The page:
New satellite special school planned for Mansfield
A temporary school for children with additional needs could be built in the currently-empty buildings of another school in Mansfield, education bosses have said
A consultation on the plans is due to be launched, and if approved, it is hoped 24 places for primary aged pupils would be provided.
Based in currently unused classrooms at King Edward Primary School in Mansfield, it would be the first ‘satellite school’ in the county, meaning it would be operated by Carlton Digby, a special school based in Gedling which is currently rated as ‘outstanding’ by OFSTED.
An approved Nottinghamshire County Council report said: “There is considerable pressure in Nottinghamshire to find special school places.
“As of November 2020 there were 90 children and young people who were awaiting a special school place with further requests in process.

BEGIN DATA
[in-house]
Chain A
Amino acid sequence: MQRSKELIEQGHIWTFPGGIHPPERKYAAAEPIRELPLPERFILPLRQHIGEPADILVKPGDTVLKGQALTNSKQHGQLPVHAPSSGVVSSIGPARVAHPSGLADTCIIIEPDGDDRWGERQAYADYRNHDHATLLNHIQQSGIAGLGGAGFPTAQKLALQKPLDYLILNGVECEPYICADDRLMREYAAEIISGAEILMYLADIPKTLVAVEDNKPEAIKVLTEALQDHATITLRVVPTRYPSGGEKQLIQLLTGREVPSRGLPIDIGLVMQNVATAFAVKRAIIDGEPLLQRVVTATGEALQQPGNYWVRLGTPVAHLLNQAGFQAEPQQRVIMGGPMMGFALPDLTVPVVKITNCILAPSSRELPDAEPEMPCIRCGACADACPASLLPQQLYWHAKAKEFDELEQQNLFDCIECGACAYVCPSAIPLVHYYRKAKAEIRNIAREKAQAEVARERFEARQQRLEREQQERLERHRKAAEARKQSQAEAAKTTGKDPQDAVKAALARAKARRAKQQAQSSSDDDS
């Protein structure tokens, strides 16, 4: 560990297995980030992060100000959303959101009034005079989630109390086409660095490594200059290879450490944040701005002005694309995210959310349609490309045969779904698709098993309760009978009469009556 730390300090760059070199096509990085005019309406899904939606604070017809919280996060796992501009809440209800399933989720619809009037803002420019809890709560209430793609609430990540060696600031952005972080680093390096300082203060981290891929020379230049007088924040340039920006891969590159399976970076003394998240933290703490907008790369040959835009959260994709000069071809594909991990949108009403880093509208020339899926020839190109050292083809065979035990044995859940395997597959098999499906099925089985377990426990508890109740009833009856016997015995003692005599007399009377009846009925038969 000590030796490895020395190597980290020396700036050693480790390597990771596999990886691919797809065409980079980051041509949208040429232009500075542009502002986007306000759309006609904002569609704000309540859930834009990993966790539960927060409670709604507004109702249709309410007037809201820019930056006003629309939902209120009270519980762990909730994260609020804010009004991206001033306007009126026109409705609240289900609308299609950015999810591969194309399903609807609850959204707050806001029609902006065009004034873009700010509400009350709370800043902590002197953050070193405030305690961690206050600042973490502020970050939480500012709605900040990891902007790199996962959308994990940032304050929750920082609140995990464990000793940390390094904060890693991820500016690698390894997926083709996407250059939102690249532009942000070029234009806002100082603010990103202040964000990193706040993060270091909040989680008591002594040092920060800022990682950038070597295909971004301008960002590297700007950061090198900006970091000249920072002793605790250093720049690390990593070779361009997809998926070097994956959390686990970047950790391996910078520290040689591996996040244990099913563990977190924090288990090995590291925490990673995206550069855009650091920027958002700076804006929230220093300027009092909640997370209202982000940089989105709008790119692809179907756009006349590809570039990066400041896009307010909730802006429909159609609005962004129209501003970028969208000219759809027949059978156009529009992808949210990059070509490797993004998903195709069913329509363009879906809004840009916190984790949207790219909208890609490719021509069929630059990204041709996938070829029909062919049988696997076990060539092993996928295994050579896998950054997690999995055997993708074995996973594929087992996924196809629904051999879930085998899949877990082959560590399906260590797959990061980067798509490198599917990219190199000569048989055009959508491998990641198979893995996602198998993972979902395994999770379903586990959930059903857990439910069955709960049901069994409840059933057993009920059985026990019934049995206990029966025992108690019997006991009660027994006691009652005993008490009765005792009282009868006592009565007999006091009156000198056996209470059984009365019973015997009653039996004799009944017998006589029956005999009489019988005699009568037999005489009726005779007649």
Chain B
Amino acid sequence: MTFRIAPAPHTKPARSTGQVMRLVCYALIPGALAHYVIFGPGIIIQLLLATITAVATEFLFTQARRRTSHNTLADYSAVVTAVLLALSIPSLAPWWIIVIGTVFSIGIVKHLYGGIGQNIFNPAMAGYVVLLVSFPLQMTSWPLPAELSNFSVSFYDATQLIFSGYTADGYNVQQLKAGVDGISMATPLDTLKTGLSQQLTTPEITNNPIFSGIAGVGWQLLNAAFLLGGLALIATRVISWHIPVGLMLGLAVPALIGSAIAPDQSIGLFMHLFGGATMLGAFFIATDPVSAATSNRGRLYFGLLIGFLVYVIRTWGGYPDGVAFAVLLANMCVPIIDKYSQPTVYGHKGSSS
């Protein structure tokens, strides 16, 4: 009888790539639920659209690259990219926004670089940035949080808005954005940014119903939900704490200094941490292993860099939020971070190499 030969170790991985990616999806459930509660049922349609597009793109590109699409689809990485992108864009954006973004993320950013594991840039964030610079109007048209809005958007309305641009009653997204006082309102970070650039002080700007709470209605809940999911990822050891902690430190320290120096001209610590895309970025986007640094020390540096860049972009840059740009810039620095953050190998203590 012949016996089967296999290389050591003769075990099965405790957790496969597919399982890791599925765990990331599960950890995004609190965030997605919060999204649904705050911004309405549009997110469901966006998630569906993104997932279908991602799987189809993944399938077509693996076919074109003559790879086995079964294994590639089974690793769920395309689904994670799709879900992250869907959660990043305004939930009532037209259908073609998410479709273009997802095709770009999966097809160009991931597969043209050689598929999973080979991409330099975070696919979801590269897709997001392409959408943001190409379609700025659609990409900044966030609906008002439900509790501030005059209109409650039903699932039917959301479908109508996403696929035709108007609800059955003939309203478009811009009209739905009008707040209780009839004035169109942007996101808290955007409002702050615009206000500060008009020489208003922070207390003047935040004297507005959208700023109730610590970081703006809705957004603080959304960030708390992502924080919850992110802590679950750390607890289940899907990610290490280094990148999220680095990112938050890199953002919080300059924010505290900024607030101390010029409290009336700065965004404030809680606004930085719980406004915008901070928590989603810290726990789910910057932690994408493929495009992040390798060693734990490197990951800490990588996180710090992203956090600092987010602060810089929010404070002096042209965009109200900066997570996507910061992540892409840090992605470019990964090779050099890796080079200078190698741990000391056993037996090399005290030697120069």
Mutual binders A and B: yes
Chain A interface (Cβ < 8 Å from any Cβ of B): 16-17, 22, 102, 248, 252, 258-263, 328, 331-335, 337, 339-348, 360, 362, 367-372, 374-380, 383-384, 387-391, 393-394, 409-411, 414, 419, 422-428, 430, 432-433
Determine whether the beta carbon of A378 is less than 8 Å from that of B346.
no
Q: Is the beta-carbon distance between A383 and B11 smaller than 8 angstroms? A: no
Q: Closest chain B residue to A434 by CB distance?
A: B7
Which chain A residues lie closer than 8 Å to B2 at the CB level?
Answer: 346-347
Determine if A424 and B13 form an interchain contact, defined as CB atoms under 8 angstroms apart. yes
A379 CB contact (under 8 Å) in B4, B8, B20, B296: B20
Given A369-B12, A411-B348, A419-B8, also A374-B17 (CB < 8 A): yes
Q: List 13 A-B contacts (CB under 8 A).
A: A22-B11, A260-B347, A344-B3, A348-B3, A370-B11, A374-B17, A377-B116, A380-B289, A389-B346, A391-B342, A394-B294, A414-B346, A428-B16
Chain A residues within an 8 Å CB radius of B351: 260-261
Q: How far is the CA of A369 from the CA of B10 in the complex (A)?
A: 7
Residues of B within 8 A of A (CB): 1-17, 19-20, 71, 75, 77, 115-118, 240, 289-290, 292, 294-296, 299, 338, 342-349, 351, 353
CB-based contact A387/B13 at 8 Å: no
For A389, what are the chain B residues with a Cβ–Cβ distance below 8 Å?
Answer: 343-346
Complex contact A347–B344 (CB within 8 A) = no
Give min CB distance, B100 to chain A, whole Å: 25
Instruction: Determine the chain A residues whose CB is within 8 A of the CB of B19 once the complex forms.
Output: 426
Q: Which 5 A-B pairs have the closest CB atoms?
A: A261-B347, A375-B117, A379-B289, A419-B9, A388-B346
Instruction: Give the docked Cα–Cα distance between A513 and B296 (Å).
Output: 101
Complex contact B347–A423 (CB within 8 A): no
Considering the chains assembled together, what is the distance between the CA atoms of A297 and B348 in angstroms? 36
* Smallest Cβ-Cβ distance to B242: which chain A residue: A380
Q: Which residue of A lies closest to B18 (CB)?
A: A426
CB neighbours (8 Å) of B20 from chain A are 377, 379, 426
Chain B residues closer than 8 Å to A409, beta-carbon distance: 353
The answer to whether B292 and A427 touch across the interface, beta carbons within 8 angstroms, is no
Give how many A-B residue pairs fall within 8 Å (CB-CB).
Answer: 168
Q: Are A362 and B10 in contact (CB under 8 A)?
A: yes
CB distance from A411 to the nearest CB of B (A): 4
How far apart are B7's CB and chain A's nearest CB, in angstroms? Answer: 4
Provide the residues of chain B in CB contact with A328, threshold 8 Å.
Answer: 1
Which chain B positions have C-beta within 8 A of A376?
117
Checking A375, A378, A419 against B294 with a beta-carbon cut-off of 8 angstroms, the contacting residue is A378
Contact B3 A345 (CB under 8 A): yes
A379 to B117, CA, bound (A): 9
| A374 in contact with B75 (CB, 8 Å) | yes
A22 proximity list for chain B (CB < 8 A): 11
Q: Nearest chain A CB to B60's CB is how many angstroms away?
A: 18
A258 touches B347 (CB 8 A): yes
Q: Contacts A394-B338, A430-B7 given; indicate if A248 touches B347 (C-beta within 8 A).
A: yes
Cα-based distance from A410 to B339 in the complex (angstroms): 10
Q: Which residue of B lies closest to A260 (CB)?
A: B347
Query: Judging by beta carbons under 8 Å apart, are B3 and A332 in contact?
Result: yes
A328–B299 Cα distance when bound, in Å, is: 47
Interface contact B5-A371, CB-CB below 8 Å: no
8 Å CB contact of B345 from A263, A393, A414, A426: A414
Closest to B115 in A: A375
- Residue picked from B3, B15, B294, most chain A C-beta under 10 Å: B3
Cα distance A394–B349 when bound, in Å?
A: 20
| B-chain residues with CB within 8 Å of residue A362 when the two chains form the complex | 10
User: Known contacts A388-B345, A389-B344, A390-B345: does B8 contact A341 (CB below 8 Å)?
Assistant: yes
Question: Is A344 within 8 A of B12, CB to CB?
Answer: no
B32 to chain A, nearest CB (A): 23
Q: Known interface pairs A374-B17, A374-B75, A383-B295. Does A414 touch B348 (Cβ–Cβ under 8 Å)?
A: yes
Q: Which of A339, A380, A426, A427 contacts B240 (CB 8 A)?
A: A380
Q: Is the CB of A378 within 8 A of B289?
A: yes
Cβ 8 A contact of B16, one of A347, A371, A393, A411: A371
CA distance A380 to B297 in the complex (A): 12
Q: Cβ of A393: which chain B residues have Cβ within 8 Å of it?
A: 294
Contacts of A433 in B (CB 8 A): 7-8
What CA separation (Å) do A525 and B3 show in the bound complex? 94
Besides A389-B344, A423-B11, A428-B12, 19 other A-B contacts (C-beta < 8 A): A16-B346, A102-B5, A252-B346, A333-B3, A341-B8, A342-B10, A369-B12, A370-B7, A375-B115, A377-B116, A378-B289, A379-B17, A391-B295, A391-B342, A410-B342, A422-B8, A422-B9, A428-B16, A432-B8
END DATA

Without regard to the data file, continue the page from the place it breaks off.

“A high percentage of these have needs in the area of social, emotional and mental health and autism.
“Where specialist provision is required and no special school places are available Nottinghamshire County Council has to seek placements in independent non-maintained provision or alternative educational provision.”
“King Edward Primary and Nursery School in Mansfield is a mainstream school.
“There are a number of buildings not currently used by the school as classrooms and it will be possible to use some of these existing buildings to provide additional capacity and places for Carlton Digby Special School.
“It is proposed that the satellite school will have a maximum of three classes which is an additional 24 specialist places for primary aged pupils.”
After the proposal was unanimously approved on January 18, a consultation will now run until February 23, before a decision is made on whether to proceed.
Coun John Peck, who represents Sherwood Forest, said: “I think this is quite a creative way of using some additional space that exist at King Edward Primary School site to create an opportunity for a number of special needs children
“I think this is something we would strongly support, because it’s a creative way of creating more special needs places, and I think we all acknowledge there’s a significant need for that in Nottinghamshire.
“I’ve said several times I think we probably need two new special schools, but that’s in the future and in the meantime we certainly support this and it’s a good way forward.”